Woman

 

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Our work with the community on Tanakeke Island helps to illustrate why we engage with women, and the ways we attempt to do this.

As is often the case, women are responsible for half of the food production and collection on Tanakeke Island, yet do not have formal title to land, and are often excluded from decision-making. Prior to our projects there, male stakeholders all too easily discounted female participation in mangrove rehabilitation and management programs. A concerted effort, not only to involve women equally as participants, but to involve all project participants in gender awareness trainings and activities was required. Engagement of men and women alike in gender analysis and gender sensitisation trainings and development of “Womangrove” groups to ensure high quality female participation in rehabilitation and future management. The implementation of gender analyses, gender sensitisation and the development of Womangrove groups have been crucial to ensure the equal involvement of women in the process of mangrove rehabilitation and management.

Today, “Womangrove” groups have a strong voice in how mangrove resources will be managed and used on the island, with gender sensitivity embedded in all programs, government meetings, processes and regulations. Representatives of four out of six Womangrove groups on Tanakeke are members of the kelompok kerja mangrove daerah (“mangrove working groups” / KKMD). Members of FMLGs and Womangrove groups both continue to participate in the District KKMD.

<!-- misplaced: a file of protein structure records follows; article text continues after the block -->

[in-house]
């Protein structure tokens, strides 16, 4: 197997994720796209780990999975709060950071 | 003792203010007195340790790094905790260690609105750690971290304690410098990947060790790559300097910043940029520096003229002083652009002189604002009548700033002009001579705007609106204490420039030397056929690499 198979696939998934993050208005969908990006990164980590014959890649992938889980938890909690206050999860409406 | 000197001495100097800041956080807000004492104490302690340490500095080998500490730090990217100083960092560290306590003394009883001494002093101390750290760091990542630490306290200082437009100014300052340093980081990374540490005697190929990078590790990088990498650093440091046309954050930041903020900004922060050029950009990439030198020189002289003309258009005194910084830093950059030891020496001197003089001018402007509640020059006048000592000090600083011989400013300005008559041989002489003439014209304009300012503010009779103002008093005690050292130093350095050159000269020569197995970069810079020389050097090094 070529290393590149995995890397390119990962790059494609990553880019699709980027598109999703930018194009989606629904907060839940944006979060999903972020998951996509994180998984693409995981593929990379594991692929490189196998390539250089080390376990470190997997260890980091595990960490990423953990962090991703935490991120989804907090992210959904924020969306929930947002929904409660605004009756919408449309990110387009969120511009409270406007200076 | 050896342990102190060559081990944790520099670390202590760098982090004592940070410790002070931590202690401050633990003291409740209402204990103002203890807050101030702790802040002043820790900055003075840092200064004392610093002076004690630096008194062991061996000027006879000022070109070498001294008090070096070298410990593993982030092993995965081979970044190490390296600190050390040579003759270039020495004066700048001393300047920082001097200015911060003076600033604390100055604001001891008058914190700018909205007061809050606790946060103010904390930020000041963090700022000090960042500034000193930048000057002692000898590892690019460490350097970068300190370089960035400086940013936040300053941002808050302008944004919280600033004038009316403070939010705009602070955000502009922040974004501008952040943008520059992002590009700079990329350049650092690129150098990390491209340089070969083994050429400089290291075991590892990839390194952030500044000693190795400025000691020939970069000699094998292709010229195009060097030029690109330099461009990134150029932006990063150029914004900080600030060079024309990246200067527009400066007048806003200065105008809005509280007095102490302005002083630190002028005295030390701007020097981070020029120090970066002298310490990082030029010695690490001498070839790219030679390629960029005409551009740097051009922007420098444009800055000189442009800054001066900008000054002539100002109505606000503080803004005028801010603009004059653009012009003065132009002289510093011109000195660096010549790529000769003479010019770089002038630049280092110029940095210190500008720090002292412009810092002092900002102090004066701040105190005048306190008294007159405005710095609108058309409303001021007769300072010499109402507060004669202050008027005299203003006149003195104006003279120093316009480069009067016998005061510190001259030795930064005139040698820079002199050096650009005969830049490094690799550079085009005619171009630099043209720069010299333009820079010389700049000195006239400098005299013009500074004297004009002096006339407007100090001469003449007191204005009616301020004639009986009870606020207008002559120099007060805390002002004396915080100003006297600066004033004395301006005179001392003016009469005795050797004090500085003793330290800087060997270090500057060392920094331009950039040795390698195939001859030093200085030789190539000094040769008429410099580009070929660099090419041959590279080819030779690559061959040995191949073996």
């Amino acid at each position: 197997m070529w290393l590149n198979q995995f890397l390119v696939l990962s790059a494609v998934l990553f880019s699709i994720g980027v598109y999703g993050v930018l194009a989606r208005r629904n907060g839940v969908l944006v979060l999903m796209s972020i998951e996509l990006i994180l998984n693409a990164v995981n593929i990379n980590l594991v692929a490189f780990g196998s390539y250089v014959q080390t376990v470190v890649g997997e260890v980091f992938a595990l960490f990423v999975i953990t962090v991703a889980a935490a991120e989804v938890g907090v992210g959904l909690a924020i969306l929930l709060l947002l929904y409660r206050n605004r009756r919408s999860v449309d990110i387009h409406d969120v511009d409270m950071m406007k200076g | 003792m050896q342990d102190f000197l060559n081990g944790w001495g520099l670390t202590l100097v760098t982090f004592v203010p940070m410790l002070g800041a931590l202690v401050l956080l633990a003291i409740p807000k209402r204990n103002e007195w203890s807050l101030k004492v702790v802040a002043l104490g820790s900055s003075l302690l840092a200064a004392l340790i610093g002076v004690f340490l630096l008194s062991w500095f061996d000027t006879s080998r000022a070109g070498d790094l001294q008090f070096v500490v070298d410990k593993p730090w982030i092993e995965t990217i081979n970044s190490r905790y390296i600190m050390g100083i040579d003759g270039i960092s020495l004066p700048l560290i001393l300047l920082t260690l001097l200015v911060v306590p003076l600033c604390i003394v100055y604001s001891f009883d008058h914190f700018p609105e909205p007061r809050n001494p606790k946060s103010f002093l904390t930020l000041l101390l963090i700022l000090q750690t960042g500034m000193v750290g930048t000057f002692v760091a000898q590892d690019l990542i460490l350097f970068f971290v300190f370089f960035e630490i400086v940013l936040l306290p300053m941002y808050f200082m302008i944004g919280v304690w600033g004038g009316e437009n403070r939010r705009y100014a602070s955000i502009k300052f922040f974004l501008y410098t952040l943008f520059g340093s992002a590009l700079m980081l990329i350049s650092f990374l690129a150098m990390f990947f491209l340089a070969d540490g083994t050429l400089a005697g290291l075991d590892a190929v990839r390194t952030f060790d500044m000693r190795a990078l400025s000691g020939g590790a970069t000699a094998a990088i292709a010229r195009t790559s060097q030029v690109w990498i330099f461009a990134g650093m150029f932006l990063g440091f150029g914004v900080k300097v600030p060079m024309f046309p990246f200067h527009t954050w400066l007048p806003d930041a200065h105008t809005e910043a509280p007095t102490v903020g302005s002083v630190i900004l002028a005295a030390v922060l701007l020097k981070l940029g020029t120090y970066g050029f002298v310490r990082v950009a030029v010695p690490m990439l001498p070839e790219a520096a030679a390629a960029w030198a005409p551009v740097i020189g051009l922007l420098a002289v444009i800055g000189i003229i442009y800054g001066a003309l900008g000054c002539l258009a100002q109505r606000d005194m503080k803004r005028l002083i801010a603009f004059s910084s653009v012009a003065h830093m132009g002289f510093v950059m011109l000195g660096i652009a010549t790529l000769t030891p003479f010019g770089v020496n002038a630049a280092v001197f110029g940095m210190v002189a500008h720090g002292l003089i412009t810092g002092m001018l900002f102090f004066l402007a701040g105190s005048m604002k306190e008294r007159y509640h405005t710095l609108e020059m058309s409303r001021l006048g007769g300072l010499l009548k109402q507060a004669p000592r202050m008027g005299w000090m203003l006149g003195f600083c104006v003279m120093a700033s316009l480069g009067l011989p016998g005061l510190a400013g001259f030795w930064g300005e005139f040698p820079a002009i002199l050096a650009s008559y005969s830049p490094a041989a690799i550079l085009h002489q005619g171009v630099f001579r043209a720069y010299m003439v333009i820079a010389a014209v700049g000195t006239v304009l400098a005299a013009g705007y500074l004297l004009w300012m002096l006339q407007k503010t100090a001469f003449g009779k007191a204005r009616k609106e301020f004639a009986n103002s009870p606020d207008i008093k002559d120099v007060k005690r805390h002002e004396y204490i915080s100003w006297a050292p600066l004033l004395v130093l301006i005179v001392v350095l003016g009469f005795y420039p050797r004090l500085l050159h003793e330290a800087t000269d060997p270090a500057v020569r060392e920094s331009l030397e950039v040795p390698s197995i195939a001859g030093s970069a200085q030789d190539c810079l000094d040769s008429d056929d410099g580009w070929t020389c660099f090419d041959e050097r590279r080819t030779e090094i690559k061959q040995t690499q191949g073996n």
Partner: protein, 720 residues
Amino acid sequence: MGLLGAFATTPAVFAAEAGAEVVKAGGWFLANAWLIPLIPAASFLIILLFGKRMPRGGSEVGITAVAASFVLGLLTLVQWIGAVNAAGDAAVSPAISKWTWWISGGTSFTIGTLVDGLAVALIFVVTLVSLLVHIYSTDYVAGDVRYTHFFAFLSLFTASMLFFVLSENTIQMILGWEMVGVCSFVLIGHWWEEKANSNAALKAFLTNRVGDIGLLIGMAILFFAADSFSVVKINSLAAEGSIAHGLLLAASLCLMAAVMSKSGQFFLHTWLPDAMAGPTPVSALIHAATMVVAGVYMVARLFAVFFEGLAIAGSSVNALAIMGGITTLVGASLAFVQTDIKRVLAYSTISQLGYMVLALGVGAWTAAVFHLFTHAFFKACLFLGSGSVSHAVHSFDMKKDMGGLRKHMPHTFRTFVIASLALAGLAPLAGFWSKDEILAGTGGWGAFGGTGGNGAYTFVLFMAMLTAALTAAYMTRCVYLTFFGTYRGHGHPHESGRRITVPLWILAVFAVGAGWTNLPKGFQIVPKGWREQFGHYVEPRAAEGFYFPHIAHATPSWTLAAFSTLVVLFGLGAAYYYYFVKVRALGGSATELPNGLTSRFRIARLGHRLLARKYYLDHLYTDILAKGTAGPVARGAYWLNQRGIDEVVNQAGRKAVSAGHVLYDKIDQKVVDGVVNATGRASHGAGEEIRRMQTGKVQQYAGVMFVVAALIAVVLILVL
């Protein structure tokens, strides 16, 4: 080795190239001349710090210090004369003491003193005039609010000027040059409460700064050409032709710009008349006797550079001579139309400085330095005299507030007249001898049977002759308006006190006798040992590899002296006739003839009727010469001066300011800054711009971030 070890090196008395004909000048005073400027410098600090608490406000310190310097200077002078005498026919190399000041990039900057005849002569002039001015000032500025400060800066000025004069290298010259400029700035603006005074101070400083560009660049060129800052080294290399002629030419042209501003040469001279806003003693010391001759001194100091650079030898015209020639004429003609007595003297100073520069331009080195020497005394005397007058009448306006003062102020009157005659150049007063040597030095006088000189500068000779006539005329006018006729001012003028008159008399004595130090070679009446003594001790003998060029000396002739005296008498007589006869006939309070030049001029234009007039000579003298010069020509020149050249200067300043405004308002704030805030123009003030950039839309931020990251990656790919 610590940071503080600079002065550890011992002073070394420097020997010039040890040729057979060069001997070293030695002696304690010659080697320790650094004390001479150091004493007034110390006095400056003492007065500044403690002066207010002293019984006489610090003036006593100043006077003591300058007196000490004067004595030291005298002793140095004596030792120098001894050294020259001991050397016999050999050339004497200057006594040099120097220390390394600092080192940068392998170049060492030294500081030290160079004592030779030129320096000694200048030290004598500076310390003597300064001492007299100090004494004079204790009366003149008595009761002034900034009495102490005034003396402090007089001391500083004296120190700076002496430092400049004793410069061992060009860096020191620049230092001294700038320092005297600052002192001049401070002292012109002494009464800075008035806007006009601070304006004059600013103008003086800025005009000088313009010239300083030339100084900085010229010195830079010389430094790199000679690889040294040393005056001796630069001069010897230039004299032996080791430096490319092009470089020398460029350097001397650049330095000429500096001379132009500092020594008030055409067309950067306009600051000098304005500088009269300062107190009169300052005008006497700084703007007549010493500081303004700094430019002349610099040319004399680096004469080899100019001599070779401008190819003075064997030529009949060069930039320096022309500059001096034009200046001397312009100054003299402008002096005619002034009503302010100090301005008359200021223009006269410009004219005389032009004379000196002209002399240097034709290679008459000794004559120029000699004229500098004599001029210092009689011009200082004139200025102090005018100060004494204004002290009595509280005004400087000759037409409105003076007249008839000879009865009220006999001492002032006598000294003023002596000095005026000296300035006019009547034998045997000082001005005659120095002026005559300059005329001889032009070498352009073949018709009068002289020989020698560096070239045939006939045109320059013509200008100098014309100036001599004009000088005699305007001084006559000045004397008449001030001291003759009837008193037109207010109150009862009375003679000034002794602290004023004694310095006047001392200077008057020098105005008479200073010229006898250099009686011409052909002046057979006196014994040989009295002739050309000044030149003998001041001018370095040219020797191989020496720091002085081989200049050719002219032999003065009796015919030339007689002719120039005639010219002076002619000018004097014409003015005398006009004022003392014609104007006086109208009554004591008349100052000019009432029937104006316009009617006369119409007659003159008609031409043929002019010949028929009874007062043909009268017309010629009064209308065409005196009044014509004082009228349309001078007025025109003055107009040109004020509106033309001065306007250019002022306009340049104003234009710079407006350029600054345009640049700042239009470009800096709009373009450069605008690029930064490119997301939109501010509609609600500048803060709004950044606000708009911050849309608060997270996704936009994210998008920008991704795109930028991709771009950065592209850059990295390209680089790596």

A: Members of a “Womangrove” group hand-dig a 1.2 km tidal channel, to facilitate drainage of disused shrimp ponds at Lantang Peo village, Tanakeke Island, as part of mid-course corrections 12 months after initial rehabilitation. B: The resultant, meandering tidal channel. Material on the side of the channel was eventually moved away into island-like mounds in the middle of ponds. C: Natural recruitment of Sonneratia alba and Rhizophora apiculata 32 months after initial rehabilitation. D: The middles of some ponds are being recruited as well, again by Sonneratia alba and Rhizophora apiculata. E: Villagers from Tiwoho, North Sulawesi spent several weeks in the shrimp ponds (abandoned since 1991), filling in man-made drainage channels, and strategically breaching fish pond dike walls. F: The site had been hand planted by the government 6 times over a nine year period, with total mortality in each instance. After hydrological improvements, mangroves grew back in three major sections, to densities ranging from roughly 5000 – 20,000 seedlings per hectare. A biodiversity survey revealed 32 species of true mangroves in and adjacent to the mangrove rehabilitation area.

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